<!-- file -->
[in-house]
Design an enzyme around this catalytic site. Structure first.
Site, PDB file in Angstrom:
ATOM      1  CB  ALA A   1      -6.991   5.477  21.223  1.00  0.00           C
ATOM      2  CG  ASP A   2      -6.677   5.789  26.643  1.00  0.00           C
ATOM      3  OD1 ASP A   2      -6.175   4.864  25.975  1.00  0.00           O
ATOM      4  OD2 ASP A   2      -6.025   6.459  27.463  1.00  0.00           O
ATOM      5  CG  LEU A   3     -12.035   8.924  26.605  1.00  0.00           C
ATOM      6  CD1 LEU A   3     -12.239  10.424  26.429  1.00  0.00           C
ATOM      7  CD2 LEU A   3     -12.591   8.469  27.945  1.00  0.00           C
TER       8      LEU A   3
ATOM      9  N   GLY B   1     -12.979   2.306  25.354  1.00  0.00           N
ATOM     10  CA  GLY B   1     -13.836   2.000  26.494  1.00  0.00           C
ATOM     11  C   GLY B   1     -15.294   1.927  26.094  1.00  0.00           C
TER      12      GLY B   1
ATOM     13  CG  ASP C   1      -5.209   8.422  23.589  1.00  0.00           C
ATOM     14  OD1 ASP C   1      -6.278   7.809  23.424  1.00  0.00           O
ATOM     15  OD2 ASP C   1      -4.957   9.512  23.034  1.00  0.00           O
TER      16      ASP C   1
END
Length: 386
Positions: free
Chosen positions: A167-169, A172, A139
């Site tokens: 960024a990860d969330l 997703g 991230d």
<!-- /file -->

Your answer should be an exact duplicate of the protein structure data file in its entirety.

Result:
[in-house]
Design an enzyme around this catalytic site. Structure first.
Site, PDB file in Angstrom:
ATOM      1  CB  ALA A   1      -6.991   5.477  21.223  1.00  0.00           C
ATOM      2  CG  ASP A   2      -6.677   5.789  26.643  1.00  0.00           C
ATOM      3  OD1 ASP A   2      -6.175   4.864  25.975  1.00  0.00           O
ATOM      4  OD2 ASP A   2      -6.025   6.459  27.463  1.00  0.00           O
ATOM      5  CG  LEU A   3     -12.035   8.924  26.605  1.00  0.00           C
ATOM      6  CD1 LEU A   3     -12.239  10.424  26.429  1.00  0.00           C
ATOM      7  CD2 LEU A   3     -12.591   8.469  27.945  1.00  0.00           C
TER       8      LEU A   3
ATOM      9  N   GLY B   1     -12.979   2.306  25.354  1.00  0.00           N
ATOM     10  CA  GLY B   1     -13.836   2.000  26.494  1.00  0.00           C
ATOM     11  C   GLY B   1     -15.294   1.927  26.094  1.00  0.00           C
TER      12      GLY B   1
ATOM     13  CG  ASP C   1      -5.209   8.422  23.589  1.00  0.00           C
ATOM     14  OD1 ASP C   1      -6.278   7.809  23.424  1.00  0.00           O
ATOM     15  OD2 ASP C   1      -4.957   9.512  23.034  1.00  0.00           O
TER      16      ASP C   1
END
Length: 386
Positions: free
Chosen positions: A167-169, A172, A139
């Site tokens: 960024a990860d969330l 997703g 991230d």